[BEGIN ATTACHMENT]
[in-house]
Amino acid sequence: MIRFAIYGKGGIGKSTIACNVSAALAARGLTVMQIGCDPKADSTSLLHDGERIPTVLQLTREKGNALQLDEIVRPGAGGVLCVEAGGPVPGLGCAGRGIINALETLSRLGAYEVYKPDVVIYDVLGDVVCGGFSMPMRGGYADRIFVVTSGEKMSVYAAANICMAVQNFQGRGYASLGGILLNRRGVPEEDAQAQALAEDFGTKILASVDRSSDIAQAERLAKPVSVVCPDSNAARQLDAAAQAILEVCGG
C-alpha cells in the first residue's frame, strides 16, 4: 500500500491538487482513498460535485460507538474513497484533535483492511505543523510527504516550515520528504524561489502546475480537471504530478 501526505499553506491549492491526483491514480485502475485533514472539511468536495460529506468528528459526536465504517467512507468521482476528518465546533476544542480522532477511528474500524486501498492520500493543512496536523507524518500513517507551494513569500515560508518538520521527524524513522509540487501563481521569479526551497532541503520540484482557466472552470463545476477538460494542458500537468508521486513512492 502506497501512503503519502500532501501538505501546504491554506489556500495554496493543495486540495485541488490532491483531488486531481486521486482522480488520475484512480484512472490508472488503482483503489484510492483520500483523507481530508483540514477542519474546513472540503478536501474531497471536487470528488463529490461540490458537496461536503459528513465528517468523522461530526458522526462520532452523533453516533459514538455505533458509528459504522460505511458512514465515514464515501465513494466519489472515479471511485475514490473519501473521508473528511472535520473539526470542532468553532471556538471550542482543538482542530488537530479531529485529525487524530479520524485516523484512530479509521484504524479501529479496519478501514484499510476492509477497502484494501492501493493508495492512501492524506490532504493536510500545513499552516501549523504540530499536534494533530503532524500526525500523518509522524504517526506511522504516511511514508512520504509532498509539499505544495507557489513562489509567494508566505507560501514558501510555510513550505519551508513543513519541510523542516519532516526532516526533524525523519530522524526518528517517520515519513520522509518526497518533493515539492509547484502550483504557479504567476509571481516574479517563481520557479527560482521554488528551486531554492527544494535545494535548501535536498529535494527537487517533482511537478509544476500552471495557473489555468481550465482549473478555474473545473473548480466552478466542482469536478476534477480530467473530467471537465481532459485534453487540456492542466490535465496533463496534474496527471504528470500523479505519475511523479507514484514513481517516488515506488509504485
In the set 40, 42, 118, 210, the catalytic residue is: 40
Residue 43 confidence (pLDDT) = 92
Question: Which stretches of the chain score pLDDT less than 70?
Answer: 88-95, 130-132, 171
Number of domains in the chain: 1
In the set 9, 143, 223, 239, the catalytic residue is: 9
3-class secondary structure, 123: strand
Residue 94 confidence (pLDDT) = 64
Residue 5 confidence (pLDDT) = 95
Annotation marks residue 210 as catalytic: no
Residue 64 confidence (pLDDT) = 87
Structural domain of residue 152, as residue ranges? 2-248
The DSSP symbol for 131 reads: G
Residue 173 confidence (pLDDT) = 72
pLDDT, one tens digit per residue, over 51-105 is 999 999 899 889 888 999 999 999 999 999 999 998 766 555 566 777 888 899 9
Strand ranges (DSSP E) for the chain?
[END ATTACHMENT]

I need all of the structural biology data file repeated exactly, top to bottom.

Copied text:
[in-house]
Amino acid sequence: MIRFAIYGKGGIGKSTIACNVSAALAARGLTVMQIGCDPKADSTSLLHDGERIPTVLQLTREKGNALQLDEIVRPGAGGVLCVEAGGPVPGLGCAGRGIINALETLSRLGAYEVYKPDVVIYDVLGDVVCGGFSMPMRGGYADRIFVVTSGEKMSVYAAANICMAVQNFQGRGYASLGGILLNRRGVPEEDAQAQALAEDFGTKILASVDRSSDIAQAERLAKPVSVVCPDSNAARQLDAAAQAILEVCGG
C-alpha cells in the first residue's frame, strides 16, 4: 500500500491538487482513498460535485460507538474513497484533535483492511505543523510527504516550515520528504524561489502546475480537471504530478 501526505499553506491549492491526483491514480485502475485533514472539511468536495460529506468528528459526536465504517467512507468521482476528518465546533476544542480522532477511528474500524486501498492520500493543512496536523507524518500513517507551494513569500515560508518538520521527524524513522509540487501563481521569479526551497532541503520540484482557466472552470463545476477538460494542458500537468508521486513512492 502506497501512503503519502500532501501538505501546504491554506489556500495554496493543495486540495485541488490532491483531488486531481486521486482522480488520475484512480484512472490508472488503482483503489484510492483520500483523507481530508483540514477542519474546513472540503478536501474531497471536487470528488463529490461540490458537496461536503459528513465528517468523522461530526458522526462520532452523533453516533459514538455505533458509528459504522460505511458512514465515514464515501465513494466519489472515479471511485475514490473519501473521508473528511472535520473539526470542532468553532471556538471550542482543538482542530488537530479531529485529525487524530479520524485516523484512530479509521484504524479501529479496519478501514484499510476492509477497502484494501492501493493508495492512501492524506490532504493536510500545513499552516501549523504540530499536534494533530503532524500526525500523518509522524504517526506511522504516511511514508512520504509532498509539499505544495507557489513562489509567494508566505507560501514558501510555510513550505519551508513543513519541510523542516519532516526532516526533524525523519530522524526518528517517520515519513520522509518526497518533493515539492509547484502550483504557479504567476509571481516574479517563481520557479527560482521554488528551486531554492527544494535545494535548501535536498529535494527537487517533482511537478509544476500552471495557473489555468481550465482549473478555474473545473473548480466552478466542482469536478476534477480530467473530467471537465481532459485534453487540456492542466490535465496533463496534474496527471504528470500523479505519475511523479507514484514513481517516488515506488509504485
In the set 40, 42, 118, 210, the catalytic residue is: 40
Residue 43 confidence (pLDDT) = 92
Question: Which stretches of the chain score pLDDT less than 70?
Answer: 88-95, 130-132, 171
Number of domains in the chain: 1
In the set 9, 143, 223, 239, the catalytic residue is: 9
3-class secondary structure, 123: strand
Residue 94 confidence (pLDDT) = 64
Residue 5 confidence (pLDDT) = 95
Annotation marks residue 210 as catalytic: no
Residue 64 confidence (pLDDT) = 87
Structural domain of residue 152, as residue ranges? 2-248
The DSSP symbol for 131 reads: G
Residue 173 confidence (pLDDT) = 72
pLDDT, one tens digit per residue, over 51-105 is 999 999 899 889 888 999 999 999 999 999 999 998 766 555 566 777 888 899 9
Strand ranges (DSSP E) for the chain?